An Island of One’s Own: Dolly Alderton’s Orkney

An Island of One’s Own: Dolly Alderton’s Orkney

This article appears in Volume 21: The
Islands Issue

was 24 when I first went on holiday on my own. I stood at the
harbour on Gili Trawangan in
and waved my best friend goodbye. I island-hopped for
five days, then got the same boat back to Bali. It was a precious
week; I had never spent more than a day on my own before, and it
felt like a real exercise in independence. I got myself around and
about without the help of a mate. I ate in restaurants
on my own, I snorkelled on my own, I watched sunsets on my own, I
learned to spearfish with local boys. I even managed to spend 48
hours in total silence – a first-time occurrence for a blabbermouth
like me.

A few years later I went to
on my own to spend a week learning how to surf (an
experience that was immortalised in a Sunday supplement travel
section with a photo of me falling off the board, looking like
Miranda Hart). I’ve also visited
New York
on my tod twice. I love discovering all the hidden
nooks of that city, even though I still can’t get my head round its
disastrous subway system.

I’m hooked on solo travel. I never feel as calm, as together, as
self-reliant or as free than when I’m travelling on my own. It’s
where I have my best ideas – and it’s where I can make sense of

But I’ve never gone into the wild on my own. In Bali I was
surrounded by couples sharing plates of barbecued lobster or
beachside massages. It was the same in Portugal (oh how fun it was
to ask a honeymooning couple to help me get out of my wetsuit). In
New York you’re always surrounded by people. You can’t find a
square metre of uninhabited space, even in Central Park.

A trip to the Orkney Islands (never “the Orkneys”, as I would
later find out) is just what I need. I have long been fascinated by
the Scottish islands – uniquely wild and remote, and sparsely
populated, with endless miles of open sea and sky. I am feeling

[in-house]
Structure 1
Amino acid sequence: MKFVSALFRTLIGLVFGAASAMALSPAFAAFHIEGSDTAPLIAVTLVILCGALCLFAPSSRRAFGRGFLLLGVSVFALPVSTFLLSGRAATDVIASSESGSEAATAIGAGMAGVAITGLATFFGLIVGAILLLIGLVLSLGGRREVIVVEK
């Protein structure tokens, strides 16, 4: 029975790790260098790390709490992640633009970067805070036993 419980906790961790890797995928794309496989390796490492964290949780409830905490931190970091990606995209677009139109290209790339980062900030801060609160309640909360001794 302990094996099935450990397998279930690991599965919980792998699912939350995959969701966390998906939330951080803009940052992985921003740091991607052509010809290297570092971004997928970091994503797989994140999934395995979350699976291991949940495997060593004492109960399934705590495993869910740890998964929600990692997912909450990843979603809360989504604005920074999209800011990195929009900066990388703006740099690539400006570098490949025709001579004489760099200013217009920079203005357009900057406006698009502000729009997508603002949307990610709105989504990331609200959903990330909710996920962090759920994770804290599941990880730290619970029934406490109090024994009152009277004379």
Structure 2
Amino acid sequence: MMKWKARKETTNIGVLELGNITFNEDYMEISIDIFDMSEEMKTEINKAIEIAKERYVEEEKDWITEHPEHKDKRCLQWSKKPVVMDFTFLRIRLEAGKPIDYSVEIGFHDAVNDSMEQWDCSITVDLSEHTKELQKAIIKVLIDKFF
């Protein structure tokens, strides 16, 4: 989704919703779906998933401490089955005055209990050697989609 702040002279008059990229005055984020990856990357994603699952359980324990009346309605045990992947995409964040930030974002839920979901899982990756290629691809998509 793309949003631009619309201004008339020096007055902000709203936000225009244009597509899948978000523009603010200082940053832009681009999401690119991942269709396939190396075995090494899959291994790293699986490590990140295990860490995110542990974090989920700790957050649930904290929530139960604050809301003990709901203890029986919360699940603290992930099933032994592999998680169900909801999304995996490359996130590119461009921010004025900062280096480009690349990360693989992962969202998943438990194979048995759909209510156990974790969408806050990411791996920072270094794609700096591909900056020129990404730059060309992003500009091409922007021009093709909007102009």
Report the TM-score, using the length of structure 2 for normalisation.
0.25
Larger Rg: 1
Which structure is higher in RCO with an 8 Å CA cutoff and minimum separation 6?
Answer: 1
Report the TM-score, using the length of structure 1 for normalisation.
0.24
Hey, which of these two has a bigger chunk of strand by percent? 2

pretty anxious about writing my first book, and I am craving some
space, peace and solitude to clear my head and get it into proper

Flying into Orkney and looking down on all the islands floating
in between the North Sea and the Atlantic, I realise why there is
only an approximation of how many islands make up this archipelago.
It is estimated that there are about 70, of which 20 are inhabited,
but there are also allegedly “vanishing islands”, magical mounds of
earth that occasionally rise up from the sea. The airport – of
which you could do a full tour in less than a minute – is in
Kirkwall, one of two towns on Orkney’s mainland, the other being
Stromness. I am staying in the latter – a lesser-populated seaport
town with cobbled streets and brightly coloured cottage doors.

Orkney’s dramatic, primeval landscape has always been a source
of inspiration for music, literature, art and discovery. Earlier
this year, a three-part BBC documentary led by Chris Packham was
aired in which he explored Orkney’s wildlife, geology and Stone Age
history. And last year, the Orcadian writer Amy Liptrot brought her
homeland into the spotlight with her beautiful, evocative memoir
about moving back to Orkney, after a decade of chaos in London, to
recover from alcoholism and a broken heart. The book has been a
runaway success, and the Orcadians are delighted for her. I meet
one woman who tells me that they’re in the same outdoor open-water
swimming club, named the Polar Bears. I predict that plane-loads of
people will start descending on Kirkwall for a full-healing “Outrun
experience”, just as Bali was swarming with 30-something single
blondes looking for their Javier Bardem when I visited (the Eat,
Pray, Love effect).

I am staying in the Ferry Inn, a warm and vibrant pub with old
maps under glass table panes, black-and-white photographs of old
seafarers on the wall, fresh local seafood on the menu and bottles
of Orkney beer behind the bar. The rooms are simple but
comfortable, with harbour views and an all-important powerful
shower to warm yourself up after the bracing elements of the
islands. I visit in spring and enjoy bright, crisp, sunshiney days
with perfect golden sunsets as well as a bout of hail in my short
stay. The summer, I am told, is a beautiful time to visit – with
the long days never quite ending and nightfall only descending as a
pale inky wash. It can remain light enough for locals to play a
round of golf at midnight.